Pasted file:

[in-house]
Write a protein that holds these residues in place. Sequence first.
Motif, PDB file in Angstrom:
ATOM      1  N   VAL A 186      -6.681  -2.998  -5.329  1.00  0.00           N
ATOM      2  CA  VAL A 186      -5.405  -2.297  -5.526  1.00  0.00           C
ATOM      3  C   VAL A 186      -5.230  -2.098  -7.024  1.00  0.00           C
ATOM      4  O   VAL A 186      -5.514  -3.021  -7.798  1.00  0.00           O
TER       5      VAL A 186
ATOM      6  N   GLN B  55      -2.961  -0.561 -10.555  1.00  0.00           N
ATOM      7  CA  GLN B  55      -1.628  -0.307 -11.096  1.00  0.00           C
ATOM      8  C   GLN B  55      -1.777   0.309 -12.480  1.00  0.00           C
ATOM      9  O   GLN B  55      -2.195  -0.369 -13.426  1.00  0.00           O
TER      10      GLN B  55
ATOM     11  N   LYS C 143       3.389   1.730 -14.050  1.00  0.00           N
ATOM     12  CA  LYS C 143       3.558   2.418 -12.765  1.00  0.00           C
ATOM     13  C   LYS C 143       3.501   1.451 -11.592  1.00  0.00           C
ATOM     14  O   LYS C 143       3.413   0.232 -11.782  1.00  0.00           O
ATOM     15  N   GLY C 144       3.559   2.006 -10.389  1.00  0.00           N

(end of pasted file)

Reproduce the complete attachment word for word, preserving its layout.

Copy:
[in-house]
Write a protein that holds these residues in place. Sequence first.
Motif, PDB file in Angstrom:
ATOM      1  N   VAL A 186      -6.681  -2.998  -5.329  1.00  0.00           N
ATOM      2  CA  VAL A 186      -5.405  -2.297  -5.526  1.00  0.00           C
ATOM      3  C   VAL A 186      -5.230  -2.098  -7.024  1.00  0.00           C
ATOM      4  O   VAL A 186      -5.514  -3.021  -7.798  1.00  0.00           O
TER       5      VAL A 186
ATOM      6  N   GLN B  55      -2.961  -0.561 -10.555  1.00  0.00           N
ATOM      7  CA  GLN B  55      -1.628  -0.307 -11.096  1.00  0.00           C
ATOM      8  C   GLN B  55      -1.777   0.309 -12.480  1.00  0.00           C
ATOM      9  O   GLN B  55      -2.195  -0.369 -13.426  1.00  0.00           O
TER      10      GLN B  55
ATOM     11  N   LYS C 143       3.389   1.730 -14.050  1.00  0.00           N
ATOM     12  CA  LYS C 143       3.558   2.418 -12.765  1.00  0.00           C
ATOM     13  C   LYS C 143       3.501   1.451 -11.592  1.00  0.00           C
ATOM     14  O   LYS C 143       3.413   0.232 -11.782  1.00  0.00           O
ATOM     15  N   GLY C 144       3.559   2.006 -10.389  1.00  0.00           N